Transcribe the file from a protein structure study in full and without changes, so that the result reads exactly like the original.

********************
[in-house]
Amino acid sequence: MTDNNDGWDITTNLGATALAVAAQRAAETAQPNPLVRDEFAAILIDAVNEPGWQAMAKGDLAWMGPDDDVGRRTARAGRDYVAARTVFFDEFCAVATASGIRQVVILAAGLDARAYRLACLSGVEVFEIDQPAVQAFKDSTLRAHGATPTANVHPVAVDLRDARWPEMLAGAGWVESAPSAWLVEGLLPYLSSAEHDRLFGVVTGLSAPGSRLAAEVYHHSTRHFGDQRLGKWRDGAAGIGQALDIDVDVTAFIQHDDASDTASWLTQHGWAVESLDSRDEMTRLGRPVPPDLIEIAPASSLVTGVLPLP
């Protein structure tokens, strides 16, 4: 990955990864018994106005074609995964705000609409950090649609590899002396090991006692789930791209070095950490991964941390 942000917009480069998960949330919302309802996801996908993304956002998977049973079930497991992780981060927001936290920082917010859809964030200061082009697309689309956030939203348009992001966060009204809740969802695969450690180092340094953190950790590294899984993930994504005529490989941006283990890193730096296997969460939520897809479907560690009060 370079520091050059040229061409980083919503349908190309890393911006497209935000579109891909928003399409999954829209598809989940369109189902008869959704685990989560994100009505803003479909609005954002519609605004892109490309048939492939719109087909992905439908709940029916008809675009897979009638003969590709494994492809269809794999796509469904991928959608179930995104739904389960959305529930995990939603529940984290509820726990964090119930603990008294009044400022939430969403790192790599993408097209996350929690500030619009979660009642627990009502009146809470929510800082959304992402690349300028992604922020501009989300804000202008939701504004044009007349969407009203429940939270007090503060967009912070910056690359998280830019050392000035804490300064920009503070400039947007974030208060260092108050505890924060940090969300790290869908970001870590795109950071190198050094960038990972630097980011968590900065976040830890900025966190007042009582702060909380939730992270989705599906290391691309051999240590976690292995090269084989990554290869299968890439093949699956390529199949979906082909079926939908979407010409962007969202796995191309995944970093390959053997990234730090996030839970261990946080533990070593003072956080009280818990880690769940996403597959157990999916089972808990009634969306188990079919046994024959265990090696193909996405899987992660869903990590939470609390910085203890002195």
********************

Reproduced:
[in-house]
Amino acid sequence: MTDNNDGWDITTNLGATALAVAAQRAAETAQPNPLVRDEFAAILIDAVNEPGWQAMAKGDLAWMGPDDDVGRRTARAGRDYVAARTVFFDEFCAVATASGIRQVVILAAGLDARAYRLACLSGVEVFEIDQPAVQAFKDSTLRAHGATPTANVHPVAVDLRDARWPEMLAGAGWVESAPSAWLVEGLLPYLSSAEHDRLFGVVTGLSAPGSRLAAEVYHHSTRHFGDQRLGKWRDGAAGIGQALDIDVDVTAFIQHDDASDTASWLTQHGWAVESLDSRDEMTRLGRPVPPDLIEIAPASSLVTGVLPLP
């Protein structure tokens, strides 16, 4: 990955990864018994106005074609995964705000609409950090649609590899002396090991006692789930791209070095950490991964941390 942000917009480069998960949330919302309802996801996908993304956002998977049973079930497991992780981060927001936290920082917010859809964030200061082009697309689309956030939203348009992001966060009204809740969802695969450690180092340094953190950790590294899984993930994504005529490989941006283990890193730096296997969460939520897809479907560690009060 370079520091050059040229061409980083919503349908190309890393911006497209935000579109891909928003399409999954829209598809989940369109189902008869959704685990989560994100009505803003479909609005954002519609605004892109490309048939492939719109087909992905439908709940029916008809675009897979009638003969590709494994492809269809794999796509469904991928959608179930995104739904389960959305529930995990939603529940984290509820726990964090119930603990008294009044400022939430969403790192790599993408097209996350929690500030619009979660009642627990009502009146809470929510800082959304992402690349300028992604922020501009989300804000202008939701504004044009007349969407009203429940939270007090503060967009912070910056690359998280830019050392000035804490300064920009503070400039947007974030208060260092108050505890924060940090969300790290869908970001870590795109950071190198050094960038990972630097980011968590900065976040830890900025966190007042009582702060909380939730992270989705599906290391691309051999240590976690292995090269084989990554290869299968890439093949699956390529199949979906082909079926939908979407010409962007969202796995191309995944970093390959053997990234730090996030839970261990946080533990070593003072956080009280818990880690769940996403597959157990999916089972808990009634969306188990079919046994024959265990090696193909996405899987992660869903990590939470609390910085203890002195």